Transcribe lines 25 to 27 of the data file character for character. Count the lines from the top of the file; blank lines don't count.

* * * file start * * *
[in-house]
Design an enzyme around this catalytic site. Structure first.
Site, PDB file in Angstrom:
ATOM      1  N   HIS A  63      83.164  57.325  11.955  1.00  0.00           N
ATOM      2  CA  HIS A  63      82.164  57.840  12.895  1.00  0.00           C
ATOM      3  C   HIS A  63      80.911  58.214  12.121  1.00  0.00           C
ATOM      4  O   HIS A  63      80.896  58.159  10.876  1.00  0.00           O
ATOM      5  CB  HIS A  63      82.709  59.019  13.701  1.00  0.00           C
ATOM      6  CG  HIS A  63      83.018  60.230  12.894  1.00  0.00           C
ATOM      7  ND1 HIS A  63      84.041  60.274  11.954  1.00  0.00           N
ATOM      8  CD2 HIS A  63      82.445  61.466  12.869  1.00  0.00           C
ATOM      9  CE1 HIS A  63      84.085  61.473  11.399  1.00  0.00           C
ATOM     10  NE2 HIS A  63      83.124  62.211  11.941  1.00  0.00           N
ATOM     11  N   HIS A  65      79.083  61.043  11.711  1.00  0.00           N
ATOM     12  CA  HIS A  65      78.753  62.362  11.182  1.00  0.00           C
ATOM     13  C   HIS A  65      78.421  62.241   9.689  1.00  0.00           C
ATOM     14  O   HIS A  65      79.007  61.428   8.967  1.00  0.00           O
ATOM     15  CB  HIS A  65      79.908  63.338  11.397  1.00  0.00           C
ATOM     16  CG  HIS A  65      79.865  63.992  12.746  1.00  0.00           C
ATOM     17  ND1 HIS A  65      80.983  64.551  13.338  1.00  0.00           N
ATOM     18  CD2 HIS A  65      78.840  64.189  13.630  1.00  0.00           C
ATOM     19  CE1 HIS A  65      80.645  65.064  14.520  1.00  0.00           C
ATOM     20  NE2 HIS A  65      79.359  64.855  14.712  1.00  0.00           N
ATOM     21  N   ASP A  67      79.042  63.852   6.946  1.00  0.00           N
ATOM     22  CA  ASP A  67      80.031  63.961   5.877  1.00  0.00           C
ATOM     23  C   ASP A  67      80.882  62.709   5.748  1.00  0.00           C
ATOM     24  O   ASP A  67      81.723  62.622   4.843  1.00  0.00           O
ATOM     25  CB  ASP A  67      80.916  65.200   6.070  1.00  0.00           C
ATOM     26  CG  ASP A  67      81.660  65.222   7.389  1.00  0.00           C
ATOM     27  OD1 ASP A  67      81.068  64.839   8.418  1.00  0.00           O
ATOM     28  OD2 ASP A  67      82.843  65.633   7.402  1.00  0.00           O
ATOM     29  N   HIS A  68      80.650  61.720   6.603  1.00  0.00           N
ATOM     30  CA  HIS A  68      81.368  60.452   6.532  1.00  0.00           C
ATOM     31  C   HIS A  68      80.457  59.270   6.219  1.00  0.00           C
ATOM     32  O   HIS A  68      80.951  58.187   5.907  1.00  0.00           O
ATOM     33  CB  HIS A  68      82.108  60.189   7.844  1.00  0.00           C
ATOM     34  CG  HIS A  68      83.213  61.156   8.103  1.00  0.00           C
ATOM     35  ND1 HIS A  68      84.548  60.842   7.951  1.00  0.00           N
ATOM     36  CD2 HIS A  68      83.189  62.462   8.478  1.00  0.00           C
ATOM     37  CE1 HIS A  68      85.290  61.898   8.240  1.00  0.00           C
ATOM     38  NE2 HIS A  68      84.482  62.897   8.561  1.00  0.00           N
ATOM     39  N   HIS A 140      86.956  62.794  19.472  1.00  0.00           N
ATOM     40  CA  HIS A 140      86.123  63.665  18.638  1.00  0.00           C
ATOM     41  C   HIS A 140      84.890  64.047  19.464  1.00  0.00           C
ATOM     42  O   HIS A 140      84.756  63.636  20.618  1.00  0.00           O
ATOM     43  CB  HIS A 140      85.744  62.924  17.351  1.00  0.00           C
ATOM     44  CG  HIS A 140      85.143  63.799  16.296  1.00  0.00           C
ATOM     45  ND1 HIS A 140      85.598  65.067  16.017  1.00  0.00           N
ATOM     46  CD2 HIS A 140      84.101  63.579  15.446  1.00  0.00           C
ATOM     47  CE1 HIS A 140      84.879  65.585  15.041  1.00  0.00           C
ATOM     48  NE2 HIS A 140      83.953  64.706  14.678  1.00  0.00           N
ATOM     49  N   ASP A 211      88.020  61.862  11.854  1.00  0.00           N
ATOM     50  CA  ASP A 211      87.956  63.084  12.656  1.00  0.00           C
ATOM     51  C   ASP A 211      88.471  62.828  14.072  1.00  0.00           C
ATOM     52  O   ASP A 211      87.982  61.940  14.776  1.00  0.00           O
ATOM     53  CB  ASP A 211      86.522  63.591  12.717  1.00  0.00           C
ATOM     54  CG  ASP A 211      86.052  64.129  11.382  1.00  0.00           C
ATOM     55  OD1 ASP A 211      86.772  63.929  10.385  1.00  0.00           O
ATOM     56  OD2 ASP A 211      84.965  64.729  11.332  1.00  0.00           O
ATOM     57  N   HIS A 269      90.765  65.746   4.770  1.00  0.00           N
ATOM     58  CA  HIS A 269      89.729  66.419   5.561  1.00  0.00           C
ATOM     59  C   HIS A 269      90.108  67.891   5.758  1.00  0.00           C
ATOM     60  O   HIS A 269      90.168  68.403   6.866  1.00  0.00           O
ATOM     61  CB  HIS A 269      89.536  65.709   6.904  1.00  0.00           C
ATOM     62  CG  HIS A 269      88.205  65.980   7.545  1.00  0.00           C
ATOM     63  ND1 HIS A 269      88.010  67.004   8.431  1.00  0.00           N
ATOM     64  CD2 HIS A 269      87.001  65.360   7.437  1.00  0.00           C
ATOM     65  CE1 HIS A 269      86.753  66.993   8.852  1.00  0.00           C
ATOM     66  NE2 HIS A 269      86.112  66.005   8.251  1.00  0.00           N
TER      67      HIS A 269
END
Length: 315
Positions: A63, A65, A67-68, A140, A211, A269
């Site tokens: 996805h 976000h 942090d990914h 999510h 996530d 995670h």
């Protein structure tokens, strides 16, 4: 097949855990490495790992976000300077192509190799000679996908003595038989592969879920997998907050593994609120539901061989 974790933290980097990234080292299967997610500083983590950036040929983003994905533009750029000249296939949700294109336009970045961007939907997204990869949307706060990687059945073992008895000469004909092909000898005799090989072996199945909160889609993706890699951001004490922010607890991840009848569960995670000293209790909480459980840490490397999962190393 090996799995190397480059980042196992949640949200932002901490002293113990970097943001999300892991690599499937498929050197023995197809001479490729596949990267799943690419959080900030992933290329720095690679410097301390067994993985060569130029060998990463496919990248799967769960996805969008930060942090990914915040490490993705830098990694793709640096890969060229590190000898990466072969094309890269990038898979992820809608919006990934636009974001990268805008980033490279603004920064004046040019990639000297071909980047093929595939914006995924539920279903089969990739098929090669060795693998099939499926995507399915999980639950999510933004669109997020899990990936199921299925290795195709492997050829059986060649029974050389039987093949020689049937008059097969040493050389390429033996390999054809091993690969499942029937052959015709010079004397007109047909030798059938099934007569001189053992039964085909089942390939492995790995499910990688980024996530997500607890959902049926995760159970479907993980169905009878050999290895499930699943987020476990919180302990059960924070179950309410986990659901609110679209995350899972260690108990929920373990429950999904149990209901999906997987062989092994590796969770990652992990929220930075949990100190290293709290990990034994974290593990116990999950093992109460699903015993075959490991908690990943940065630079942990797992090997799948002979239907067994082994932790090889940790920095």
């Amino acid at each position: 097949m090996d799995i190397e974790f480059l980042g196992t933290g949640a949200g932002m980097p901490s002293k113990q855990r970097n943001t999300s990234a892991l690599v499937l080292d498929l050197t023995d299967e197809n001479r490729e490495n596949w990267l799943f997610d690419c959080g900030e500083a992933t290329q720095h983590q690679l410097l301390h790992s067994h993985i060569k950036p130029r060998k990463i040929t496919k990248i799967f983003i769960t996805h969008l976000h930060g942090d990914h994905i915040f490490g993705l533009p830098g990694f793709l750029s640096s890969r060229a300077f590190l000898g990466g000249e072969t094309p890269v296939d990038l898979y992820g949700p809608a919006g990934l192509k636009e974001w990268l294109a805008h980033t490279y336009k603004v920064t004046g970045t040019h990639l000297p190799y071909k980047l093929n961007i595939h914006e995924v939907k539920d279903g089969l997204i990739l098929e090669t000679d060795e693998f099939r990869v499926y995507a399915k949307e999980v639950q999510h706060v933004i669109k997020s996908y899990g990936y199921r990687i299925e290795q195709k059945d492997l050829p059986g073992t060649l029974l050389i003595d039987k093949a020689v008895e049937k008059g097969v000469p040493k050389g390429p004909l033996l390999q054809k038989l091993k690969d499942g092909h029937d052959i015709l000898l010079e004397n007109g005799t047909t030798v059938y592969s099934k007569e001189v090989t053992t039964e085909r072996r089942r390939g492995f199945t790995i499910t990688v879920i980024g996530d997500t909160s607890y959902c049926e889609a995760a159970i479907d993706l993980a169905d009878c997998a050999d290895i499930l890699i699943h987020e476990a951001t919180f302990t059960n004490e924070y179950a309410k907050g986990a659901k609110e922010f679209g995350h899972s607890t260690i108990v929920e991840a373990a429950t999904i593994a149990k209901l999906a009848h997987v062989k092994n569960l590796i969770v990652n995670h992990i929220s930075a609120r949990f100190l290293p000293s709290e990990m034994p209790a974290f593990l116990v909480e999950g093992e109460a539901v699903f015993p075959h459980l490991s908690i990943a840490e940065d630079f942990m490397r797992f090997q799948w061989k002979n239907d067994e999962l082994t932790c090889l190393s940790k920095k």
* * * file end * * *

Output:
ATOM     22  CA  ASP A  67      80.031  63.961   5.877  1.00  0.00           C
ATOM     23  C   ASP A  67      80.882  62.709   5.748  1.00  0.00           C
ATOM     24  O   ASP A  67      81.723  62.622   4.843  1.00  0.00           O